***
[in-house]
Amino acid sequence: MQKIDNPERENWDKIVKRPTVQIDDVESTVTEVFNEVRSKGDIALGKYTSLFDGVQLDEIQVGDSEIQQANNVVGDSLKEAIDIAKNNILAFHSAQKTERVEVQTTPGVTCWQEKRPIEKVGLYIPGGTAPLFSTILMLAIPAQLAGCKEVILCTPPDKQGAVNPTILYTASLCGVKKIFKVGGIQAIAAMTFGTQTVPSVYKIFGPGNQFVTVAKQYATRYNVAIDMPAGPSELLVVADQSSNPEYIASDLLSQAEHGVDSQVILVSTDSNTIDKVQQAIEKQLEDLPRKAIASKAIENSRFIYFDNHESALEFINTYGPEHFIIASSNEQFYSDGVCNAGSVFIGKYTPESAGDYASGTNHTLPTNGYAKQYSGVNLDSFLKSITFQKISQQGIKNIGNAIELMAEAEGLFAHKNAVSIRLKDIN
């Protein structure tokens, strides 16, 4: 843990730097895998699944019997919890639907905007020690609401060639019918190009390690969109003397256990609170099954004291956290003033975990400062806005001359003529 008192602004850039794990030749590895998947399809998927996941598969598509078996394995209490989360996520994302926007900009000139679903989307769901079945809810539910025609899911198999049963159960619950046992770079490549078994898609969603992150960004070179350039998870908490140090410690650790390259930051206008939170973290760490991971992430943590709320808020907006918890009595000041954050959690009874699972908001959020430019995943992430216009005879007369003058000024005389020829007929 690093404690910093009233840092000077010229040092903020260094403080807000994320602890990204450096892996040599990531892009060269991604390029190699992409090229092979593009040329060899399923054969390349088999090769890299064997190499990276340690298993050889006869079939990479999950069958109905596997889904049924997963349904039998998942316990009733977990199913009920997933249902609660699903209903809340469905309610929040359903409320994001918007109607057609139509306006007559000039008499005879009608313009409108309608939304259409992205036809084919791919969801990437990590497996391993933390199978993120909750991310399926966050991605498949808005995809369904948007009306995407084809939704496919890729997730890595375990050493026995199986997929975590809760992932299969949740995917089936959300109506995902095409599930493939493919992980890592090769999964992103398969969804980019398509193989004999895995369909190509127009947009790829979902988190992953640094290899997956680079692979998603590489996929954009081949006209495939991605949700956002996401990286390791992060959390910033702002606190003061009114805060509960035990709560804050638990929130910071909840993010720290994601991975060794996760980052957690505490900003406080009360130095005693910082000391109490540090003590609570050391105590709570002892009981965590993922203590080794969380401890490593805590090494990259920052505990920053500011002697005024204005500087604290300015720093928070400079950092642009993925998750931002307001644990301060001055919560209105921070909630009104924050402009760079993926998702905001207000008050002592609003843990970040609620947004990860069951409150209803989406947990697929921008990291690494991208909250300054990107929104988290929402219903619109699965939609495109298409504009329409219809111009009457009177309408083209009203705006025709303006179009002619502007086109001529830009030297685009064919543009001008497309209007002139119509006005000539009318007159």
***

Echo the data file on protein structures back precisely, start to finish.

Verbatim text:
[in-house]
Amino acid sequence: MQKIDNPERENWDKIVKRPTVQIDDVESTVTEVFNEVRSKGDIALGKYTSLFDGVQLDEIQVGDSEIQQANNVVGDSLKEAIDIAKNNILAFHSAQKTERVEVQTTPGVTCWQEKRPIEKVGLYIPGGTAPLFSTILMLAIPAQLAGCKEVILCTPPDKQGAVNPTILYTASLCGVKKIFKVGGIQAIAAMTFGTQTVPSVYKIFGPGNQFVTVAKQYATRYNVAIDMPAGPSELLVVADQSSNPEYIASDLLSQAEHGVDSQVILVSTDSNTIDKVQQAIEKQLEDLPRKAIASKAIENSRFIYFDNHESALEFINTYGPEHFIIASSNEQFYSDGVCNAGSVFIGKYTPESAGDYASGTNHTLPTNGYAKQYSGVNLDSFLKSITFQKISQQGIKNIGNAIELMAEAEGLFAHKNAVSIRLKDIN
């Protein structure tokens, strides 16, 4: 843990730097895998699944019997919890639907905007020690609401060639019918190009390690969109003397256990609170099954004291956290003033975990400062806005001359003529 008192602004850039794990030749590895998947399809998927996941598969598509078996394995209490989360996520994302926007900009000139679903989307769901079945809810539910025609899911198999049963159960619950046992770079490549078994898609969603992150960004070179350039998870908490140090410690650790390259930051206008939170973290760490991971992430943590709320808020907006918890009595000041954050959690009874699972908001959020430019995943992430216009005879007369003058000024005389020829007929 690093404690910093009233840092000077010229040092903020260094403080807000994320602890990204450096892996040599990531892009060269991604390029190699992409090229092979593009040329060899399923054969390349088999090769890299064997190499990276340690298993050889006869079939990479999950069958109905596997889904049924997963349904039998998942316990009733977990199913009920997933249902609660699903209903809340469905309610929040359903409320994001918007109607057609139509306006007559000039008499005879009608313009409108309608939304259409992205036809084919791919969801990437990590497996391993933390199978993120909750991310399926966050991605498949808005995809369904948007009306995407084809939704496919890729997730890595375990050493026995199986997929975590809760992932299969949740995917089936959300109506995902095409599930493939493919992980890592090769999964992103398969969804980019398509193989004999895995369909190509127009947009790829979902988190992953640094290899997956680079692979998603590489996929954009081949006209495939991605949700956002996401990286390791992060959390910033702002606190003061009114805060509960035990709560804050638990929130910071909840993010720290994601991975060794996760980052957690505490900003406080009360130095005693910082000391109490540090003590609570050391105590709570002892009981965590993922203590080794969380401890490593805590090494990259920052505990920053500011002697005024204005500087604290300015720093928070400079950092642009993925998750931002307001644990301060001055919560209105921070909630009104924050402009760079993926998702905001207000008050002592609003843990970040609620947004990860069951409150209803989406947990697929921008990291690494991208909250300054990107929104988290929402219903619109699965939609495109298409504009329409219809111009009457009177309408083209009203705006025709303006179009002619502007086109001529830009030297685009064919543009001008497309209007002139119509006005000539009318007159």